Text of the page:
Intro to Pulse Circuits – Biased Shunt Clippers

Welcome back to my workbench,

The Big Idea – Using Shunt Clippers to Protect Circuits

Biased Shunt clippers are a simple way to protect inputs from excessive positive or reverse voltage.

Drill Down:

From our previous discussion, we know that clipper circuits eliminate either the positive or the negative portion of a waveform – the unwanted output is limited to a maximum of Vf (forward voltage drop) above or below ground. The biased shunt clipper is normally used to protect a device or circuit that has both positive and negative input signals. The bias voltage is selected to prevent the input from exceeding a maximum safe level.

In Figure 15-1, diode D1 has its cathode connected to a bias of +2.4 V and D2 has its anode connected to -2.4V. As shown, D1 will be reverse biased while the output of the clipping circuit is below 2.4V.The positive output will be limited to a maximum of (2.4V+Vf). Similarly, D2 will be reverse biased until the output is more negative the -2.4v. The negative output will be limited to a maximum of – (2.4V+Vf)Biased Diode Clipper Model

Figure 15-1 Biased diode Shunt Clipper

The Zener clipper shown in Figure 15-2 does not require separate bias voltages. When the input signal becomes positive, D1 operates like an ordinary forward biased diode while D2 goes into breakdown. The output voltage at this time is (Vf1+Vz2). When the input is negative, D1 is in Zener breakdown and D2 is forward biased. The output voltage is now – (Vf2+Vz1).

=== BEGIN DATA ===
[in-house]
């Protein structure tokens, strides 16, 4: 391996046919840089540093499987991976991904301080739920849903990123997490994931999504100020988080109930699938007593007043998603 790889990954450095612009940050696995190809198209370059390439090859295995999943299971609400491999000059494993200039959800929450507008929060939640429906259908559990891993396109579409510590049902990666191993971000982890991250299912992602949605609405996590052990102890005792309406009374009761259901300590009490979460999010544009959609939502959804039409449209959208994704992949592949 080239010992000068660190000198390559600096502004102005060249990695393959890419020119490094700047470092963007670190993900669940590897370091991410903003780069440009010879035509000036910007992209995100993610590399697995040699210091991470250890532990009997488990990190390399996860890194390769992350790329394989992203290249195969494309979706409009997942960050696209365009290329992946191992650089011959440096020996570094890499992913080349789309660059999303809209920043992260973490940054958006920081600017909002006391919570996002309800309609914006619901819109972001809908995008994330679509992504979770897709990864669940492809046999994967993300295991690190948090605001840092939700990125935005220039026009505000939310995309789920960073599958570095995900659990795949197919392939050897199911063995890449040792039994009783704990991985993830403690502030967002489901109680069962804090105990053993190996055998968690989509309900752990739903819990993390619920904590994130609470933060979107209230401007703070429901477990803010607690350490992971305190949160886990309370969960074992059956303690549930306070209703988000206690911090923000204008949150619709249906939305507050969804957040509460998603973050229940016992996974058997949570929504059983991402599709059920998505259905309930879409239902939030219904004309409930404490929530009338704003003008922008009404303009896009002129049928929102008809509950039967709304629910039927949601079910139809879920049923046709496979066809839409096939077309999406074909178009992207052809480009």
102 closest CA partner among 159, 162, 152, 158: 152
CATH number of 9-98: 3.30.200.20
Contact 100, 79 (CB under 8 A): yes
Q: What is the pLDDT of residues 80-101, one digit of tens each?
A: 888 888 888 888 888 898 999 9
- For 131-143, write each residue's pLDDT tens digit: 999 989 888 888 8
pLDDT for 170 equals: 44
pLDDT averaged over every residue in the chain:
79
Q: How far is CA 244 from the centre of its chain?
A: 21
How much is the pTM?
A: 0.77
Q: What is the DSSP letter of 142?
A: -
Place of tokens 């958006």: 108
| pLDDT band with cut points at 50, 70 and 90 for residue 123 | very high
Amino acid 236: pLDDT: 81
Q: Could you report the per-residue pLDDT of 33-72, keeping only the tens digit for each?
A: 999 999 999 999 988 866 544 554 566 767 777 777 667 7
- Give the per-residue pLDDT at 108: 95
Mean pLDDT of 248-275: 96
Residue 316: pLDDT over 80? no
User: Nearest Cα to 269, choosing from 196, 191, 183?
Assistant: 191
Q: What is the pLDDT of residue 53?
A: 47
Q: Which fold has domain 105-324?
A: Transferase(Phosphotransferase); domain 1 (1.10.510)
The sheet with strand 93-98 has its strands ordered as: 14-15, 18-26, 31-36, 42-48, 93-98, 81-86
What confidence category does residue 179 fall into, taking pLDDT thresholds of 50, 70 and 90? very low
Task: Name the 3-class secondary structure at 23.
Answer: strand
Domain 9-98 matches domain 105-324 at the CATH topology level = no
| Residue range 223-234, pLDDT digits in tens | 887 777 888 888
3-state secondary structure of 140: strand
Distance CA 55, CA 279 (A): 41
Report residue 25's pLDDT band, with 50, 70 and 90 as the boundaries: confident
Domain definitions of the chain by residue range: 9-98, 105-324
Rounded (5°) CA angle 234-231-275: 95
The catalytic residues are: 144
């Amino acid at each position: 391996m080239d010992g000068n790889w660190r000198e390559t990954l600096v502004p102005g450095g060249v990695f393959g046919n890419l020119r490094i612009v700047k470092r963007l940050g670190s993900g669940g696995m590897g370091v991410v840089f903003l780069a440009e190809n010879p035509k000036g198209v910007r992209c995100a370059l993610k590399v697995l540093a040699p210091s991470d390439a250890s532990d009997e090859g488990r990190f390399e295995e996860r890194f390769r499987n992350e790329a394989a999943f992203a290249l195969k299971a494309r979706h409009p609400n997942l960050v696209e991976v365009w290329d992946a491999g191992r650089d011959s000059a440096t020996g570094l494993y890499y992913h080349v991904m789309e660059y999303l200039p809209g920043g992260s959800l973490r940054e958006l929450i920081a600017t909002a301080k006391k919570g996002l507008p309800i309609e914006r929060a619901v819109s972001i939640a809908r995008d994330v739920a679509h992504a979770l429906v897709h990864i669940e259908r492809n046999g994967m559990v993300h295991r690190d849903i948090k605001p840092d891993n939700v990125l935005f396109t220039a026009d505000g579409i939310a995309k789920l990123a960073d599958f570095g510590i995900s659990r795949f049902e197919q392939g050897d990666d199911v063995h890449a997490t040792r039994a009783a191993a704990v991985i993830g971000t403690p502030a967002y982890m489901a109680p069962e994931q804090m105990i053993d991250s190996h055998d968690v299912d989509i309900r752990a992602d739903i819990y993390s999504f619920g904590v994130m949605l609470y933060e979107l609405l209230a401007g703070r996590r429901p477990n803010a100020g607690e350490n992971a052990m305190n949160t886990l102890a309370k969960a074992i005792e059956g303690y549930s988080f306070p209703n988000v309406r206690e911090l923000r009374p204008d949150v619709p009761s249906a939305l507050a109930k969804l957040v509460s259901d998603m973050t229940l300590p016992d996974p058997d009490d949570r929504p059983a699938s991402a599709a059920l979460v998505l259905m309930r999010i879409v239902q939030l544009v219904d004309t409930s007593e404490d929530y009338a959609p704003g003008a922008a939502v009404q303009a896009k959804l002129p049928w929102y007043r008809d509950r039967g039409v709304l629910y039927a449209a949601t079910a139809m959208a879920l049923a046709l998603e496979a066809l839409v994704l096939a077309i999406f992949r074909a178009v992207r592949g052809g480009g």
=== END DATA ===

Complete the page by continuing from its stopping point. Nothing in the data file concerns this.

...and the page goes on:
Zener Clipper Model

Figure 15-2 Zener shunt Clipper

Example 1:

Assume we require a shunt clipper (Fig.15-1) to protect a circuit. The input voltage to the circuit cannot exceed Vo = +/- 3.1V. The input to the clipper will be +/- 8V (square wave) and the output current is to be 1mA. Specify the diodes and calculate R1.

Given Ifwd (forward current) = 10mA.

Vo = Bias voltage Vb + diode voltage drop Vf

Vb = Vo-Vf

Vb = 3.1V – 0.7V (assume a Si diode)

Vb = 2.4V

Voltage across R1 = (Ifwd + Io) X R1

(Ifwd + Io) X R1 = E – Vb – Vf

R1 = (VG_out – Vb – Vf) / (If + Io)

(8 – 2.4 – 0.7) / (10mA + 1mA) = 445 ohms

Use standard value 470 ohms

Biased Shunt Clipper Simulation

Figure 15-3 Diode Shunt Clipper Simulation

The diodes selected will be low current devices with a Vf (forward voltage) of approx 0.7V at If (forward current) = 10ma, and a peak reverse voltage greater than 10V

Example2:

Assume we would like to use a Zener shunt clipper (Fig.15-2) to protect a circuit. The input voltage cannot exceed Vo= +/- 7.5V. The input to the clipper is a +/- 24V square wave and the output current is to be 100 mA. Specify the diodes and calculate R1.

Given output is Vo = +/- 7.5V

Vo = Vf+Vz

Vz = Vo-Vf = 7.5V – 0.7V = 6.8V

Assume a 1N2804. From the spec sheet Vz = 6.8V.

Therefore:

VR1 = VG_out-Vo

= VG_out – (Vf+Vz)

= 24V – (0.7V + 6.8V) = 16.5V

To ensure that Iz > Izk

Iz is approx 1/4 Izt = 1/4 X 1.86A = 465mA

IR1 = Iz+Io = 465mA+100mA = 565mA

R1 = (VR1) / (IR1) = (14.3V) / (565mA)=253 ohms

Nearest standard value is 270 ohms

Zener Clipper Simulation

Figure 15-4 Zener Shunt Clipper Simulation

What Have We Learned?